Multiple regression analyses showed that the intensity of the relationship between CSA and adjustment varied reliably as a function of gender, level of consent, and the interaction of these
two factors. It is noteworthy that neither the level of contact nor the interaction between gender and level of contact was related to intensity. These latter results failed to provide support for the common belief that contact sex is more harmful than noncontact sex or that contact sex for girls is especially harmful. These conclusions, however, should be viewed cautiously because of the overlapping nature of the two levels of the contact variable (i.e., contact only versus contact and noncontact sex). This same caveat applies to consent because its two levels (unwanted versus willing and unwanted) were overlapping as well. The finding that most women (72%) reacted negatively to their CSA at the time it occurred implies that most of this CSA was unwanted and that the overlap between the two levels of consent was high. Thus, even though consent did not moderate intensity for women, a true difference as a function of consent may have been obscured. The finding that level of consent did moderate intensity for men is consistent with less overlap between the two levels of consent for men, because the majority of men (67%) reacted nonnegatively at the time. Importantly, CSA was not related to adjustment for men in the willing and unwanted level of the consent variable.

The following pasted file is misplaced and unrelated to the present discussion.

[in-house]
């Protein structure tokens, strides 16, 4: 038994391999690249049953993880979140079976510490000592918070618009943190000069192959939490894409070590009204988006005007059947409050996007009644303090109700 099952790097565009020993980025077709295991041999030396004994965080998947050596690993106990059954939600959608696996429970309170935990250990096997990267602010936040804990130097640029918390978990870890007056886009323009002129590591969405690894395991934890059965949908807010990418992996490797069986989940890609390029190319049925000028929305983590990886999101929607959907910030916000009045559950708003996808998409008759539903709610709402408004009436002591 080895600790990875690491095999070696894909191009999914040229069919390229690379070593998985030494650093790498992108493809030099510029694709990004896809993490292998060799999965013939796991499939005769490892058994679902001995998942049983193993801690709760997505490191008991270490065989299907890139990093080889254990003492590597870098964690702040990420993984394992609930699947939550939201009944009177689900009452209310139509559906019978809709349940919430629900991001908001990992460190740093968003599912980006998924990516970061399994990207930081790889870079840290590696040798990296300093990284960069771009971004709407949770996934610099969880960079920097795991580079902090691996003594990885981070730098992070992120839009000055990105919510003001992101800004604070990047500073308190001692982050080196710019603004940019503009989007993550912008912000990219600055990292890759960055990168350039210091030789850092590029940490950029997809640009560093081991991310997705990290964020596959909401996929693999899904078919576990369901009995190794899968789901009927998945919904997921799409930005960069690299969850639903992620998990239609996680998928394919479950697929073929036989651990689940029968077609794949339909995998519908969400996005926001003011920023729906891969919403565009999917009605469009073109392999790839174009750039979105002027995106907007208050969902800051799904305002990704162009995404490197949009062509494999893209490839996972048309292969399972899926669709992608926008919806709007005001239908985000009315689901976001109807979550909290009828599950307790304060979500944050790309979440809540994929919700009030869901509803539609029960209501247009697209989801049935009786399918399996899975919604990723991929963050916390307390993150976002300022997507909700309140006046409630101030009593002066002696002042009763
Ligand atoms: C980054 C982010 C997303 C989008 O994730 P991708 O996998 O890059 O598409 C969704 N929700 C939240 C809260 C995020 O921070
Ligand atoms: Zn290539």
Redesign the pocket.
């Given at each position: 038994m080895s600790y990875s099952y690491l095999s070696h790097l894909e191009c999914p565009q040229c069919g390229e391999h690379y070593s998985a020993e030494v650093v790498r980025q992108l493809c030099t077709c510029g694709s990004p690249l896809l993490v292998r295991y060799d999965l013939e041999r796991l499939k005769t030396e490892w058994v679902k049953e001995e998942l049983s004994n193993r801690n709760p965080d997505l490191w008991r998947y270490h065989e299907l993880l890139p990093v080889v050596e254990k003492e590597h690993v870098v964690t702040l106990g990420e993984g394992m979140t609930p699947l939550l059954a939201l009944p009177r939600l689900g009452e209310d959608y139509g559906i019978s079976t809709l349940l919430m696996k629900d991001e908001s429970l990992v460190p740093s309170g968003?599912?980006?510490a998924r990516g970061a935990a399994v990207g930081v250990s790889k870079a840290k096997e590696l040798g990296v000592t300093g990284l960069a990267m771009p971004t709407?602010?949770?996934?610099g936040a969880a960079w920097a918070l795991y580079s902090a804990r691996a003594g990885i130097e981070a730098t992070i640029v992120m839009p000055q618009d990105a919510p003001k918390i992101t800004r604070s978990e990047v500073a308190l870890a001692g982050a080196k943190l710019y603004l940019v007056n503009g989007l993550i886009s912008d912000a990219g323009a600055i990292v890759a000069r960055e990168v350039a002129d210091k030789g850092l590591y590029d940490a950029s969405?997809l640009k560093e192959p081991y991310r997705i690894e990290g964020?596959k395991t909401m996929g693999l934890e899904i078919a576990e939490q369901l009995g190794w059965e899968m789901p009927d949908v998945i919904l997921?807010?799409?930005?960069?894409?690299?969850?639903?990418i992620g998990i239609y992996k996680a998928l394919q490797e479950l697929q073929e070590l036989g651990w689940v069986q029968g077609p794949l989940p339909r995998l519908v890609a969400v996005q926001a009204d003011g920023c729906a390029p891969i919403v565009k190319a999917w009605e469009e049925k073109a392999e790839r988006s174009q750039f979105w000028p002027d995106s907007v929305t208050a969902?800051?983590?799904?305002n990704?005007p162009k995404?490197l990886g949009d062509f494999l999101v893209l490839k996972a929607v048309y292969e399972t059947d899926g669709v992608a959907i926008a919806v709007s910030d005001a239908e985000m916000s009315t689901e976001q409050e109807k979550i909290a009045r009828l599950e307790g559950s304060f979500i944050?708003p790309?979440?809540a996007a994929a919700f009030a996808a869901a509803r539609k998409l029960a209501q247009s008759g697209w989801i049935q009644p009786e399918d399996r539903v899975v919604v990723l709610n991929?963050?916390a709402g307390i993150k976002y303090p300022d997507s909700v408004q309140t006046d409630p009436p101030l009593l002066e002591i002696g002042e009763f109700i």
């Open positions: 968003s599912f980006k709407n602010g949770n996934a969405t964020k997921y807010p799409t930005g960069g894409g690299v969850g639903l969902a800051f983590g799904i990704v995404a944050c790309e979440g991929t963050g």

In separate moderator analyses, we examined how aspects of the CSA experience moderated self-reported reactions and effects, as well as symptoms. Although these results should be viewed cautiously because they were usually based on a small number of samples, we found that only force and incest moderated outcomes. The largest relation occurred between force and self-reported reactions or effects, but force was unrelated to symptoms. Incest moderated both symptoms and self-reported reactions and effects. Penetration, duration, and frequency did not moderate outcomes. The near-zero correlation between penetration and outcome is consistent with the multiple regression analysis finding that contact sex did not moderate adjustment. This result provides empirical support for Finkelhor's (1979 , p. 103) observation that our society's view of intercourse as the most damaging form of CSA is "a well-ingrained prejudice" unsupported by research. Composite measures consisting of various combinations of moderators (e.g., incest, force, penetration) showed no association with symptoms in four of five studies that constructed such measures. This finding is consistent with Laumann et al.'s (1994) failure to find an association between their composite variable (consisting of penetration, number of older partners-abusers, relatedness of partner-abuser, frequency of contacts, age when having contacts, duration of contacts) and adjustment for SA respondents in their study of a U.S. national sample. It is important to note, however, that these nonsignificant results may be attributable to the additive nature of the composite variables. Composites based on two-way or higher order interactions of moderators might have been more likely to yield significant results, particularly if the interactions included incest and force.